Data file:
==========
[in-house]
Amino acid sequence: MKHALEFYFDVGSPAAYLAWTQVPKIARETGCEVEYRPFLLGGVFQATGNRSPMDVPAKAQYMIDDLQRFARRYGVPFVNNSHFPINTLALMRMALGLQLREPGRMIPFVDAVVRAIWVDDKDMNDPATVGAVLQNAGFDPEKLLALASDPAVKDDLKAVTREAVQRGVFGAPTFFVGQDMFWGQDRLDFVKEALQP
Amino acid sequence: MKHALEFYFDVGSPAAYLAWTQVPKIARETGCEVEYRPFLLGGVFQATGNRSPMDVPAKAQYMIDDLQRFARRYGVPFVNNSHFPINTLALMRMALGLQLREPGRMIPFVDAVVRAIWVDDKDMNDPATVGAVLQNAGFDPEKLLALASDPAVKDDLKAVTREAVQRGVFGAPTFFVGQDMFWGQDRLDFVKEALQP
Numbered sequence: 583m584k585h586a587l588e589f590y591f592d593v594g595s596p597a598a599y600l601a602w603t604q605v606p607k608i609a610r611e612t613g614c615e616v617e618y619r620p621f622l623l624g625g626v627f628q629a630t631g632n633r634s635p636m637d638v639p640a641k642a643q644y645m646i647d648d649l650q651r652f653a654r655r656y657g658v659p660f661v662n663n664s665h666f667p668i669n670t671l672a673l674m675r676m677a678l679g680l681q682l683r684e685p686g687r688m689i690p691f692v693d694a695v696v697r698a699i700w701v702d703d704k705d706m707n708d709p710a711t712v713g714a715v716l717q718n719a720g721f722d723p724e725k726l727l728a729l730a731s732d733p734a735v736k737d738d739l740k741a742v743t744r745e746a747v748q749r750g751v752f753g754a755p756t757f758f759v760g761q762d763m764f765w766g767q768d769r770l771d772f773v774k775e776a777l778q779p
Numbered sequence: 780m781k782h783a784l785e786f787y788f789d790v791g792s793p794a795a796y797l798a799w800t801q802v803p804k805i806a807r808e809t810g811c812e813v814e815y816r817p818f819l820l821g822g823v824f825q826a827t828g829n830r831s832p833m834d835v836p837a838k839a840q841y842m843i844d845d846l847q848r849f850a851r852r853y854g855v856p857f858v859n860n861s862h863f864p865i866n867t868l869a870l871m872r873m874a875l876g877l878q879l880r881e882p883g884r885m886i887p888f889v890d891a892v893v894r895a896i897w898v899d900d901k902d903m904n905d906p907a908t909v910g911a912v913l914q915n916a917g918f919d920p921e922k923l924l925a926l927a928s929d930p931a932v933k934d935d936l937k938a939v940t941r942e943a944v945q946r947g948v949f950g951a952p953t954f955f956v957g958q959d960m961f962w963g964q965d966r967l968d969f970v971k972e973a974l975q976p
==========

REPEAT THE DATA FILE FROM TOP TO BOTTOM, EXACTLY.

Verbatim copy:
[in-house]
Amino acid sequence: MKHALEFYFDVGSPAAYLAWTQVPKIARETGCEVEYRPFLLGGVFQATGNRSPMDVPAKAQYMIDDLQRFARRYGVPFVNNSHFPINTLALMRMALGLQLREPGRMIPFVDAVVRAIWVDDKDMNDPATVGAVLQNAGFDPEKLLALASDPAVKDDLKAVTREAVQRGVFGAPTFFVGQDMFWGQDRLDFVKEALQP
Amino acid sequence: MKHALEFYFDVGSPAAYLAWTQVPKIARETGCEVEYRPFLLGGVFQATGNRSPMDVPAKAQYMIDDLQRFARRYGVPFVNNSHFPINTLALMRMALGLQLREPGRMIPFVDAVVRAIWVDDKDMNDPATVGAVLQNAGFDPEKLLALASDPAVKDDLKAVTREAVQRGVFGAPTFFVGQDMFWGQDRLDFVKEALQP
Numbered sequence: 583m584k585h586a587l588e589f590y591f592d593v594g595s596p597a598a599y600l601a602w603t604q605v606p607k608i609a610r611e612t613g614c615e616v617e618y619r620p621f622l623l624g625g626v627f628q629a630t631g632n633r634s635p636m637d638v639p640a641k642a643q644y645m646i647d648d649l650q651r652f653a654r655r656y657g658v659p660f661v662n663n664s665h666f667p668i669n670t671l672a673l674m675r676m677a678l679g680l681q682l683r684e685p686g687r688m689i690p691f692v693d694a695v696v697r698a699i700w701v702d703d704k705d706m707n708d709p710a711t712v713g714a715v716l717q718n719a720g721f722d723p724e725k726l727l728a729l730a731s732d733p734a735v736k737d738d739l740k741a742v743t744r745e746a747v748q749r750g751v752f753g754a755p756t757f758f759v760g761q762d763m764f765w766g767q768d769r770l771d772f773v774k775e776a777l778q779p
Numbered sequence: 780m781k782h783a784l785e786f787y788f789d790v791g792s793p794a795a796y797l798a799w800t801q802v803p804k805i806a807r808e809t810g811c812e813v814e815y816r817p818f819l820l821g822g823v824f825q826a827t828g829n830r831s832p833m834d835v836p837a838k839a840q841y842m843i844d845d846l847q848r849f850a851r852r853y854g855v856p857f858v859n860n861s862h863f864p865i866n867t868l869a870l871m872r873m874a875l876g877l878q879l880r881e882p883g884r885m886i887p888f889v890d891a892v893v894r895a896i897w898v899d900d901k902d903m904n905d906p907a908t909v910g911a912v913l914q915n916a917g918f919d920p921e922k923l924l925a926l927a928s929d930p931a932v933k934d935d936l937k938a939v940t941r942e943a944v945q946r947g948v949f950g951a952p953t954f955f956v957g958q959d960m961f962w963g964q965d966r967l968d969f970v971k972e973a974l975q976p